Photo Credit: NBanaszak Photography

Release your seat after the half-halt.

Release your legs when the horse moves away from pressure.

Release your aids to reward the horse.

Release the inside rein to allow the horse to bend deeper to the inside.

Sometimes, we use the word "give" in place of release. Please use it interchangeably here.

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In horseback riding, we can release any aid at any time: the reins, the seat, the legs. Regardless of riding discipline, we have to release our horses for hundreds of reasons. We use that word so many times in so many ways. But do we know what it really means?

Many people interpret the term literally as it sounds like it should be - a freedom, a giving away or a letting go of the aids. But in riding, a true release is more complicated than simply dropping everything!.


Let's change topics for just one minute to illustrate the point.

Do you watch any of the world figure skating championships? As I admire the exquisite coordination of the pairs and dance skaters, I am reminded of the level of harmony we need to produce with our horses to show a similar fluidity of movement (of course, anything I watch becomes somehow related to horseback riding - hehe).

So here is the scene: the guy lifts the girl, they do an intricate twist and thingy in the air, and then he "releases" her back to the ice. When you watch them, you see how carefully he carries her back down.  What he doesn't do is drop her - or, simply let go.


The horse has four legs and he won't fall when you let go. It is true. We see riders "let go" of their horses all the time, and rarely do the horses fall to the ground (although some might stumble or trip). Thankfully, the horses hold their own and make up for the rider's lack of timing or aids or knowledge. But what does suffer is the horse's (and by extension, the rider's) balance.

Some horses lose confidence in their riders. Others learn to tune their riders out and just truck along on their own. Many plod along on their forehand year after year, doomed to some sort of lameness due to incorrect movement.

In any case,  communication suffers, sometimes without the rider even knowing it.

What to do?

What not to do: let go.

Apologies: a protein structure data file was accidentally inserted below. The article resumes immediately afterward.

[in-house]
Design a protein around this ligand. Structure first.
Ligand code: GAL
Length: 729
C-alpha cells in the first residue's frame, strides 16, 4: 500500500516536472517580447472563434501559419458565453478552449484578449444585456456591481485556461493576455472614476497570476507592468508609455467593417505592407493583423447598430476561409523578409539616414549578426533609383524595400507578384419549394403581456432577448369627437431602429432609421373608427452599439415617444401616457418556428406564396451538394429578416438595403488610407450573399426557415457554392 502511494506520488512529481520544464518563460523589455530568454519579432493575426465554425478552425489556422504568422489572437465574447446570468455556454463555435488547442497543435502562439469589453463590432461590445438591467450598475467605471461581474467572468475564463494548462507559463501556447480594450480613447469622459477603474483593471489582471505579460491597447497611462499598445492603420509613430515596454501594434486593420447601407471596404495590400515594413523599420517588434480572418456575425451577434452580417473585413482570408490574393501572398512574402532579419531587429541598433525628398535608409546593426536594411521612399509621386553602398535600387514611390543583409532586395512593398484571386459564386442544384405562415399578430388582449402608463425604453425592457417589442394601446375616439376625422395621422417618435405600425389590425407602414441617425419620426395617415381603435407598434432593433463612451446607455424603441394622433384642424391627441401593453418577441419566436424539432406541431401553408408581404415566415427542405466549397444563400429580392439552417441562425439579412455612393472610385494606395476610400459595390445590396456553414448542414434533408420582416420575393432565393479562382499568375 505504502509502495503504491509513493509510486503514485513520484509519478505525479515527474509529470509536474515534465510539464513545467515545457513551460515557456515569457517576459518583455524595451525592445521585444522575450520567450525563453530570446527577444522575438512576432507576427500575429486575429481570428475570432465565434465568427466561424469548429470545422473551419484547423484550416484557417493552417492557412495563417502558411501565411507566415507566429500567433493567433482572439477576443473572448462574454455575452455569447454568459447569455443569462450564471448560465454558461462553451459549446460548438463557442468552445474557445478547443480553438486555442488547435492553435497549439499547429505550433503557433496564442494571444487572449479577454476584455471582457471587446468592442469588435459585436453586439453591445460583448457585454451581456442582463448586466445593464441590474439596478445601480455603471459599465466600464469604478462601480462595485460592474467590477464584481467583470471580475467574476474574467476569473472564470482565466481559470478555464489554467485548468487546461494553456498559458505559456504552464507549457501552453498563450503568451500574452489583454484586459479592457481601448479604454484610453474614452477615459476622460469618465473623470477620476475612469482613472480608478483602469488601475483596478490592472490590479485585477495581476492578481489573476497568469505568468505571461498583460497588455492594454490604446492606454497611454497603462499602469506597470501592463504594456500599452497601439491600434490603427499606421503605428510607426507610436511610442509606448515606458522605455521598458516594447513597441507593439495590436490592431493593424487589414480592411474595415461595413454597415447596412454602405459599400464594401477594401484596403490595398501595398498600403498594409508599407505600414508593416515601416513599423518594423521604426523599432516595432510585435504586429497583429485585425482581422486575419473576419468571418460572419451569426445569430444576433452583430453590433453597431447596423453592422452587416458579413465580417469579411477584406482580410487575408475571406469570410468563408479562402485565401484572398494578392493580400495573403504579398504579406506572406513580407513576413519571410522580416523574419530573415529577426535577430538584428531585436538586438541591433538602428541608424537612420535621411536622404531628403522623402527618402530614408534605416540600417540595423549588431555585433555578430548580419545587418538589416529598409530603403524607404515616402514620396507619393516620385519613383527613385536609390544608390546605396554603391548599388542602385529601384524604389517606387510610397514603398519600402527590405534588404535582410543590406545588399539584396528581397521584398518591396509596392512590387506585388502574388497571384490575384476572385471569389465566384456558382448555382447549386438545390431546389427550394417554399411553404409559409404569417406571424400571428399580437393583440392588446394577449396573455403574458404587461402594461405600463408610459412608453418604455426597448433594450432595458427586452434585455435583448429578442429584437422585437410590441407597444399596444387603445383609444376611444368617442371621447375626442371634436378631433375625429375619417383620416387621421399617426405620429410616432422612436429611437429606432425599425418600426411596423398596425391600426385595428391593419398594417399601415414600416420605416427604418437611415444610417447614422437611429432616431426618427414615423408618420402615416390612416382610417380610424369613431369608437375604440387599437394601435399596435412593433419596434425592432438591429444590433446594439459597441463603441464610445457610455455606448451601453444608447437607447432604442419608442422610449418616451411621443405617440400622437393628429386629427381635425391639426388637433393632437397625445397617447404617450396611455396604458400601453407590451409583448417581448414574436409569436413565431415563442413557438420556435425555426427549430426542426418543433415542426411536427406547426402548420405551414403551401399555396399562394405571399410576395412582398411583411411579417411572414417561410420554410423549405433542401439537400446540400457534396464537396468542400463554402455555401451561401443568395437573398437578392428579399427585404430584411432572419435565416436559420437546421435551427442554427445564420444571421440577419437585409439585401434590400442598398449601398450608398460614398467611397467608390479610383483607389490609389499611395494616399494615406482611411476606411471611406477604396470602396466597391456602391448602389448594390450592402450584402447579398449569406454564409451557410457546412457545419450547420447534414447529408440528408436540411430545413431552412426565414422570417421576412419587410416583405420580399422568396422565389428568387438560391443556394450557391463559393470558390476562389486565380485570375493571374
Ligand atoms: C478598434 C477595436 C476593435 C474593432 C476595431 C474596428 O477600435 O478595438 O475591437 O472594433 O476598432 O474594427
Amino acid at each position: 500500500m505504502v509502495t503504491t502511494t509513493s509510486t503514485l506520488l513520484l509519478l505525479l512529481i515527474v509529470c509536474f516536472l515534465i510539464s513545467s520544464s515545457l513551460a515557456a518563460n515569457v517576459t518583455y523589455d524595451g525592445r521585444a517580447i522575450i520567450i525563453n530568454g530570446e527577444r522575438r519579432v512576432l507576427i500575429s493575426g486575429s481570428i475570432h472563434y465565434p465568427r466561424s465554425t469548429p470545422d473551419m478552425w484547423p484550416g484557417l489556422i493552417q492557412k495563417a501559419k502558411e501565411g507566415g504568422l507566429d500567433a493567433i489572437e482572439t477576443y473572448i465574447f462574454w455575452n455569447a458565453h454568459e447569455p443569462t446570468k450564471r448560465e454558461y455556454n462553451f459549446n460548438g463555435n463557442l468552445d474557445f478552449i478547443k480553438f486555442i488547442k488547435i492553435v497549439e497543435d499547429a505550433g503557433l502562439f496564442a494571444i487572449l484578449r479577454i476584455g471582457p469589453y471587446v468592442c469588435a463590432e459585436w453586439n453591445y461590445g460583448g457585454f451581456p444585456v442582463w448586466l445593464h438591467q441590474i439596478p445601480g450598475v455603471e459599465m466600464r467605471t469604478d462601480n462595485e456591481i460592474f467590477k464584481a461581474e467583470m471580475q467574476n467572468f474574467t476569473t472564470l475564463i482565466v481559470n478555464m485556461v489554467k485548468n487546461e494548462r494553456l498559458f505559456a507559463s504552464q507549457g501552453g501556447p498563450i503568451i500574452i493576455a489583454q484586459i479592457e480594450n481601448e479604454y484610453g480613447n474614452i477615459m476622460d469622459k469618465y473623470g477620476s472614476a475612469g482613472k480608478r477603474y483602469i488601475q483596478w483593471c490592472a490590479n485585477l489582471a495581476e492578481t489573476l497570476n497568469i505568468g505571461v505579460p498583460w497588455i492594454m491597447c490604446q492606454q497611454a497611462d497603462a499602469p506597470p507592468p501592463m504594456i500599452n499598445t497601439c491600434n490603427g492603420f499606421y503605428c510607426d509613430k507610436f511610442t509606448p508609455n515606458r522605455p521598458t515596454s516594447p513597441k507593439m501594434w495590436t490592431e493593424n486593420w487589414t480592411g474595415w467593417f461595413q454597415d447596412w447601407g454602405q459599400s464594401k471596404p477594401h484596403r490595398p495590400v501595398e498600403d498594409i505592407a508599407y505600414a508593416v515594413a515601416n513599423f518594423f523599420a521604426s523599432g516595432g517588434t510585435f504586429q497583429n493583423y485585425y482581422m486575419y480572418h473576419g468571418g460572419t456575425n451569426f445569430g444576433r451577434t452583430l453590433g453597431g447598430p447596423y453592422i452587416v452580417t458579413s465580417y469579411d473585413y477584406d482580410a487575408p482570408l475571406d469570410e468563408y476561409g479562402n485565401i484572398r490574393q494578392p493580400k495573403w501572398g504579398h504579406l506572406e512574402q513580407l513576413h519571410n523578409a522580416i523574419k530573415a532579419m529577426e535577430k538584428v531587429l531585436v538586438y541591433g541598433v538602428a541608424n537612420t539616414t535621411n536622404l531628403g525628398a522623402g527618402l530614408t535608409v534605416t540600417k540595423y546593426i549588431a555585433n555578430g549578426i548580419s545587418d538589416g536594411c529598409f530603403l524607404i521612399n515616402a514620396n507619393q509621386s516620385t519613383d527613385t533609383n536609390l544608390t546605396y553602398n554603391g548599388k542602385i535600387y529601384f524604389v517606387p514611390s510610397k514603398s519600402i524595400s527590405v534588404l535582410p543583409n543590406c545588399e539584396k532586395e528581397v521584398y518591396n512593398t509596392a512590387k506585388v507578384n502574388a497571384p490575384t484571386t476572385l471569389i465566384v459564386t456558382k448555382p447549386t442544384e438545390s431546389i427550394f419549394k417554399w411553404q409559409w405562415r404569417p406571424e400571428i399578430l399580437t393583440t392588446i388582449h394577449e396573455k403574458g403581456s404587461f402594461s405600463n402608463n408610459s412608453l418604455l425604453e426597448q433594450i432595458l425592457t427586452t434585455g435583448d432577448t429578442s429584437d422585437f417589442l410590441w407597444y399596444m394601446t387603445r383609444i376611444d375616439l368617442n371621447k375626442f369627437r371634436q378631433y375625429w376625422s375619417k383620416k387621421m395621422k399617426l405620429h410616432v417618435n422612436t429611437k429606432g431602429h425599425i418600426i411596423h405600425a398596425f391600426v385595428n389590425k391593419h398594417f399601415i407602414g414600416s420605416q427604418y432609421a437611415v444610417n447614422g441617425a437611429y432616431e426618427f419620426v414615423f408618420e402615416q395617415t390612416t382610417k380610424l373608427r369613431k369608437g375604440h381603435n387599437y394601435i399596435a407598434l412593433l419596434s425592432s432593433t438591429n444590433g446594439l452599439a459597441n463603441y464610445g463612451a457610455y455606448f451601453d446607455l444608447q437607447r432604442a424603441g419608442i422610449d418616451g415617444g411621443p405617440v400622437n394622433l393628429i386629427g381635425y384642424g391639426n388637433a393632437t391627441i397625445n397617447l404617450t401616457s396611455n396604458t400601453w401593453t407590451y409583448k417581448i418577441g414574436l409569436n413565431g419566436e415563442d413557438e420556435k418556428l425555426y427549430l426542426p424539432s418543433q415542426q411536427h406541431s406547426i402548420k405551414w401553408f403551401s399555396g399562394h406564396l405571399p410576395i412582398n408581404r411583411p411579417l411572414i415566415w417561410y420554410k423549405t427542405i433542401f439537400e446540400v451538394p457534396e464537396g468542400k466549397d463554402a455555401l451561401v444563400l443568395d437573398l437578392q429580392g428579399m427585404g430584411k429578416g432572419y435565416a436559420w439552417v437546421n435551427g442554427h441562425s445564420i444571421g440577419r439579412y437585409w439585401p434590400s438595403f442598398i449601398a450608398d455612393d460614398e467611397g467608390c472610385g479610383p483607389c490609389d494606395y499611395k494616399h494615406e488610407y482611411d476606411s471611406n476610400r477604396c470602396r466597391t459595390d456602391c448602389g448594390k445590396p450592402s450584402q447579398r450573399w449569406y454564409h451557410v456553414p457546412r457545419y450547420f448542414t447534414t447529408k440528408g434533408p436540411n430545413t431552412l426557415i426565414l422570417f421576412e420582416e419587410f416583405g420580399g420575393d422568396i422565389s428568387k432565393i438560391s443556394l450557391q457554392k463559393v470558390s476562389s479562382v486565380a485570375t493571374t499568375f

Don't let go of your reins. Don't let go of your seat. Don't take your legs off the horse. Don't flop in the saddle.

Instead, work on a gradual giveaway.

Slowly reduce the pressure.

Leave your legs on but become less active.

Hold your own body but go more with the horse.

Keep a soft, delicate finger contact on the reins so your horse knows you are still talking to him.

Under all circumstances, maintain your balance. 

Look for any and all reasons to release your aids.

Don't we all wish we could ride in lightness and complete balance? Just be weary of stopping or giving away or letting go completely.

Try to ride with the horse and work towards harmony and connectedness. Listen carefully to discover when your horse needs your support and when you should allow him to find his own way. There is a happy medium somewhere in between let go and absolute control.

If you can find it, you may also find a happier, more confident horse!

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Ready for something completely different? If you liked what you read here, you might be interested in the new Horse Listening Practice Sessions. 

This is NOT a program where you watch other people's riding lessons. Start working with your horse from Day 1.

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If you liked the above article, you might also enjoy:

The #1 Rider Problem of the Year – The Leg Aid: You probably know from experience – kicking the horse along often does not get the response you really want. 

Riding Straight Through the Turn: Although it sounds like an oxymoron, travelling straight through a turn is essential in maintaining the balance of the horse.

Stepping Out of Rein Lameness: Often, problems caused by riding can be fixed with riding. It is just a matter of knowing what to do in order to counteract the problems.

Do You Make This Timing Mistake When Riding Your Horse? Have you ever given your horse an aid and got nothing in return? There could be one other variable that you might not have considered…

Secrets to a Great Turn (a.k.a. Shift Out to Turn In): Can you tell if your horse uses his hind end before taking the first step in the new direction, or does he feel stiff and awkward, almost like he’s leaving his legs behind the movement?


  1. Another amazingly useful post. Another thing that I didn’t know what I was doing wrong/why I wasn’t getting the desired results that you’ve given me a lightbulb moment on. Thanks.

  2. The critical thing is to have a basic, minimal “pressure of presence” and to release back to that level immediately when the horse responds correctly and to not release back to that level otherwise. The ideal state for a horse is to self-carry – to own its motions in compliance with the aids, but for the aids to be light and momentary. I must start my horse to trot but not keep him trotting – he needs to trot until I tell him otherwise. I must initiate the circle but let the horse maintain it until I tell him something different with a quickly released pressure. This means that aids initiate and correct but are not omnipresent.